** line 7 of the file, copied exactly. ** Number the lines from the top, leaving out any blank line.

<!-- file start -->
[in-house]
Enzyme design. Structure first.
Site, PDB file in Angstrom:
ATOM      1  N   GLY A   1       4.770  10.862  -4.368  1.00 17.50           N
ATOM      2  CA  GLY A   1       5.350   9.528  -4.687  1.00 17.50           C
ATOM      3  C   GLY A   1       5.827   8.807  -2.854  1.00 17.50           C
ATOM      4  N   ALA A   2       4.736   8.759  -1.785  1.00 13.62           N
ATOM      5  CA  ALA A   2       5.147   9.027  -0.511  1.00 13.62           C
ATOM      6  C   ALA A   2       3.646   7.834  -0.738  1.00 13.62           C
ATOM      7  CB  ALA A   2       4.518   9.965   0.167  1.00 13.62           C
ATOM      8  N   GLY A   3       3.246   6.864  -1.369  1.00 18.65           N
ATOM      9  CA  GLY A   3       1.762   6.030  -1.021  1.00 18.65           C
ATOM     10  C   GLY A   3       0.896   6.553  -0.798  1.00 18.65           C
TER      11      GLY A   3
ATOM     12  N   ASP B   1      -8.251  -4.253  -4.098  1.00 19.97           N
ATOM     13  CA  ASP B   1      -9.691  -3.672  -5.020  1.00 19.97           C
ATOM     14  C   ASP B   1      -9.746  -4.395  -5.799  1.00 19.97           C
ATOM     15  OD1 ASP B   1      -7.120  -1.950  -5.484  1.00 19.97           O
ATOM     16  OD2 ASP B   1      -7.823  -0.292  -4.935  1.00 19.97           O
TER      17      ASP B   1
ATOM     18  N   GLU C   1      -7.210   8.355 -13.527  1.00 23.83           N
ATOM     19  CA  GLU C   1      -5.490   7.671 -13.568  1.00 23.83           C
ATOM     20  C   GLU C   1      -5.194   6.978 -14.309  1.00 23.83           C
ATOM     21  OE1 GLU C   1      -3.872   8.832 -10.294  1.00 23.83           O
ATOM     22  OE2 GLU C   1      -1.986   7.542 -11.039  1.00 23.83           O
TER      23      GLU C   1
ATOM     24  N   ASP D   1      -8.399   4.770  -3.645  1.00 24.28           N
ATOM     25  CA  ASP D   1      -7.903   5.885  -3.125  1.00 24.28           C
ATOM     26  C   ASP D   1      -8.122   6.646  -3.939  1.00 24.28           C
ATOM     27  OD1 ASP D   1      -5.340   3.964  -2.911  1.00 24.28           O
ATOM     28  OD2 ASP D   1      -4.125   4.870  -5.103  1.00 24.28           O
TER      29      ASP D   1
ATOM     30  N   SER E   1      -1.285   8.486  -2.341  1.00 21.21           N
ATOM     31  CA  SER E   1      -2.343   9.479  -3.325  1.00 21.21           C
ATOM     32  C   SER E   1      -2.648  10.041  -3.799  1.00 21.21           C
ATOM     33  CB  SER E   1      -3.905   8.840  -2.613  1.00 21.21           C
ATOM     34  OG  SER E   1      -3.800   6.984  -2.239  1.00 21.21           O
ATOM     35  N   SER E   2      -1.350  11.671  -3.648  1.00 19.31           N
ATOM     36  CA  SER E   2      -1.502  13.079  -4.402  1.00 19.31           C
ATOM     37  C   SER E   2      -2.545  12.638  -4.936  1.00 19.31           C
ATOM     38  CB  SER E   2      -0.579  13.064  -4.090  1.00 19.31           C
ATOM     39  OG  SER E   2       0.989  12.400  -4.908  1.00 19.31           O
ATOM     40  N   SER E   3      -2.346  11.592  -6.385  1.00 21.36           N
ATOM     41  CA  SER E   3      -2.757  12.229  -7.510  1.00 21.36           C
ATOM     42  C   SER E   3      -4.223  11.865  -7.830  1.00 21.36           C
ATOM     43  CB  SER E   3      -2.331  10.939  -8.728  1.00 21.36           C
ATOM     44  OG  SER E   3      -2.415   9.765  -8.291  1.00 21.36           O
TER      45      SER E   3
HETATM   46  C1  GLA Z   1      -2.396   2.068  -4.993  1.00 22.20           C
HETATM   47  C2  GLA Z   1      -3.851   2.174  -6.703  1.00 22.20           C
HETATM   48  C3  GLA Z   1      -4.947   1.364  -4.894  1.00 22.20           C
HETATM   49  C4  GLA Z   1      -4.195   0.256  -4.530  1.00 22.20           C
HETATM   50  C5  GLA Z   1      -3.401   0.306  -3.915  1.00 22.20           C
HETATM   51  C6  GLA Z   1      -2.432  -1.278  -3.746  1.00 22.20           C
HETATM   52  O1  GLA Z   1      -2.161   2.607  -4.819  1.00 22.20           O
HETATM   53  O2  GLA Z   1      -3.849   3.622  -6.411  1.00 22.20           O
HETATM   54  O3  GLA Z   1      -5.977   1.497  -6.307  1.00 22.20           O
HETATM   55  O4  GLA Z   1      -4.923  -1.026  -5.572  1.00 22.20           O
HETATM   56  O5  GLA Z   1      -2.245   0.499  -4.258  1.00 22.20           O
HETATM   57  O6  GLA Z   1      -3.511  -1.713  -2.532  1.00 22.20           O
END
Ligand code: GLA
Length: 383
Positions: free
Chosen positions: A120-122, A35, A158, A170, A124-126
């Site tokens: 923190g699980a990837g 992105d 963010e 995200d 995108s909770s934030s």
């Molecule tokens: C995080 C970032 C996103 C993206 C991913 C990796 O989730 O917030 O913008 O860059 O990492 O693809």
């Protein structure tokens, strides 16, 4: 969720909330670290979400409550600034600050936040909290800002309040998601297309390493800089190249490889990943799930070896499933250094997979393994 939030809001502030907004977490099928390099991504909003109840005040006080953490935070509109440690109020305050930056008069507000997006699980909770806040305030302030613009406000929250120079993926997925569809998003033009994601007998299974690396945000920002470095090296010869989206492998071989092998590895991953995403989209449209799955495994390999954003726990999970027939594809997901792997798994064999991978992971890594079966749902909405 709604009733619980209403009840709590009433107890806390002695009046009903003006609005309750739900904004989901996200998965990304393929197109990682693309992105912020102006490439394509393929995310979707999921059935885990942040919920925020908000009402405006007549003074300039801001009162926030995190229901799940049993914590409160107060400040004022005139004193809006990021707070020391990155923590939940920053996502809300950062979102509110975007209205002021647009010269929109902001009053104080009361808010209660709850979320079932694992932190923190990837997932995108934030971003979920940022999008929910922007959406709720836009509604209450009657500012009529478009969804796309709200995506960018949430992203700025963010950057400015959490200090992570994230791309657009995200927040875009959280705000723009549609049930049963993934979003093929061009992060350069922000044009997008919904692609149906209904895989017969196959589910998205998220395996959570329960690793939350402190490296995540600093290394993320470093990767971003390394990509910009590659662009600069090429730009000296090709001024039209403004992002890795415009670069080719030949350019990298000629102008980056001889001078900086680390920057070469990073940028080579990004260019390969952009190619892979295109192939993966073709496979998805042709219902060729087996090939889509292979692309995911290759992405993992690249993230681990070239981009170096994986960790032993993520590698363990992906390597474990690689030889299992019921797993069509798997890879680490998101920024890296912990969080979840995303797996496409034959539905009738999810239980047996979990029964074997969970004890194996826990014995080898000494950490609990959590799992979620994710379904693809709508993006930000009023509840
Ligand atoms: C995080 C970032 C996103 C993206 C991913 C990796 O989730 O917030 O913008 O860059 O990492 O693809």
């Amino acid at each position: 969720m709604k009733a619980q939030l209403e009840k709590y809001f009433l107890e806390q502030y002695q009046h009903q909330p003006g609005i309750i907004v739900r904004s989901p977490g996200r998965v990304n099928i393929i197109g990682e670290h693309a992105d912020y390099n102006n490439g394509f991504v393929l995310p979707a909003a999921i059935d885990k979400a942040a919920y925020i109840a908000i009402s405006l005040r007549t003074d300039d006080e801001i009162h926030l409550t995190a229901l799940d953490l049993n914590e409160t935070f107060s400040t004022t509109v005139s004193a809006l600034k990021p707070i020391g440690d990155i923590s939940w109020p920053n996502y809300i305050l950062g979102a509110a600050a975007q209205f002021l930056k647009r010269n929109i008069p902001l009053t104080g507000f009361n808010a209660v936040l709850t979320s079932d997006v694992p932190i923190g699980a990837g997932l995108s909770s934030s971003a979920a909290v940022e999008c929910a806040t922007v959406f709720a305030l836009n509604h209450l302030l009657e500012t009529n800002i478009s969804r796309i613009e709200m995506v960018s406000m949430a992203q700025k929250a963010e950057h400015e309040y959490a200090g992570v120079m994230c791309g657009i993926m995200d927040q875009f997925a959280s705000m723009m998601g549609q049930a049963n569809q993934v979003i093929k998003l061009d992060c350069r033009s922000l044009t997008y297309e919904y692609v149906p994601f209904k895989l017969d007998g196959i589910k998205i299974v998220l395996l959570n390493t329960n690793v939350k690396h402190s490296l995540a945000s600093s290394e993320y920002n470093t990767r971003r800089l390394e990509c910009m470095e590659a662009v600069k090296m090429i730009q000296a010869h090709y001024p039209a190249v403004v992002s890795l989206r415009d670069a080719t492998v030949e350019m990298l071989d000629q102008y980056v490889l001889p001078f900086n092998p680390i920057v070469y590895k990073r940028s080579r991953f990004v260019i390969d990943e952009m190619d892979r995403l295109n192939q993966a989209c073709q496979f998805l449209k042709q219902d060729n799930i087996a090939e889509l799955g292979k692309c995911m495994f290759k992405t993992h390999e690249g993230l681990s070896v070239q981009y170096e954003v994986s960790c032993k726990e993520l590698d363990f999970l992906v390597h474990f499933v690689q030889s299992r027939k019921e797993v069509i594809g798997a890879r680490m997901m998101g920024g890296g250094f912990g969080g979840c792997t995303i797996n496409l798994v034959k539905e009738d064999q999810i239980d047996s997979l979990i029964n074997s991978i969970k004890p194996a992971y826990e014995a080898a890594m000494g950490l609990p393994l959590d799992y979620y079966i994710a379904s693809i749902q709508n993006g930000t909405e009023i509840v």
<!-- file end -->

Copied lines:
ATOM      4  N   ALA A   2       4.736   8.759  -1.785  1.00 13.62           N